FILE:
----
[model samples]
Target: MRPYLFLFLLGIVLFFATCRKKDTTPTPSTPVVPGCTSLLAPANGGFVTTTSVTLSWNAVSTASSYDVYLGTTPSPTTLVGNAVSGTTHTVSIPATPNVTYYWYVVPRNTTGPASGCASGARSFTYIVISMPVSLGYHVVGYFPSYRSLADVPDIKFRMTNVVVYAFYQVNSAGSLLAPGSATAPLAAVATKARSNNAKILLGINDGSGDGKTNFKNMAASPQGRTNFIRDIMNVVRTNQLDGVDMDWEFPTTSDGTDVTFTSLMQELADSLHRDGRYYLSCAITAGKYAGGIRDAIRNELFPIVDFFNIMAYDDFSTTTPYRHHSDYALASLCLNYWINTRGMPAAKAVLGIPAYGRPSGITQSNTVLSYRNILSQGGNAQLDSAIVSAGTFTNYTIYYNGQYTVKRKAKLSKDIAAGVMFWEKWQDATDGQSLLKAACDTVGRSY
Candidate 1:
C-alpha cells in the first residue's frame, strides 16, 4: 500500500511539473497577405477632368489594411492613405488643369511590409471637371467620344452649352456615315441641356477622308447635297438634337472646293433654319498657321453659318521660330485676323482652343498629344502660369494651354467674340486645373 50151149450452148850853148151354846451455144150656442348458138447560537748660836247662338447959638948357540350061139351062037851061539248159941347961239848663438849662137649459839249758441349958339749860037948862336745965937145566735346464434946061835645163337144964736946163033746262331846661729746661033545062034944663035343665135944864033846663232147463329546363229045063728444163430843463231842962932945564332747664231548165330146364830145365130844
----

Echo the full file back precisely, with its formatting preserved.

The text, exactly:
[model samples]
Target: MRPYLFLFLLGIVLFFATCRKKDTTPTPSTPVVPGCTSLLAPANGGFVTTTSVTLSWNAVSTASSYDVYLGTTPSPTTLVGNAVSGTTHTVSIPATPNVTYYWYVVPRNTTGPASGCASGARSFTYIVISMPVSLGYHVVGYFPSYRSLADVPDIKFRMTNVVVYAFYQVNSAGSLLAPGSATAPLAAVATKARSNNAKILLGINDGSGDGKTNFKNMAASPQGRTNFIRDIMNVVRTNQLDGVDMDWEFPTTSDGTDVTFTSLMQELADSLHRDGRYYLSCAITAGKYAGGIRDAIRNELFPIVDFFNIMAYDDFSTTTPYRHHSDYALASLCLNYWINTRGMPAAKAVLGIPAYGRPSGITQSNTVLSYRNILSQGGNAQLDSAIVSAGTFTNYTIYYNGQYTVKRKAKLSKDIAAGVMFWEKWQDATDGQSLLKAACDTVGRSY
Candidate 1:
C-alpha cells in the first residue's frame, strides 16, 4: 500500500511539473497577405477632368489594411492613405488643369511590409471637371467620344452649352456615315441641356477622308447635297438634337472646293433654319498657321453659318521660330485676323482652343498629344502660369494651354467674340486645373 50151149450452148850853148151354846451455144150656442348458138447560537748660836247662338447959638948357540350061139351062037851061539248159941347961239848663438849662137649459839249758441349958339749860037948862336745965937145566735346464434946061835645163337144964736946163033746262331846661729746661033545062034944663035343665135944864033846663232147463329546363229045063728444163430843463231842962932945564332747664231548165330146364830145365130844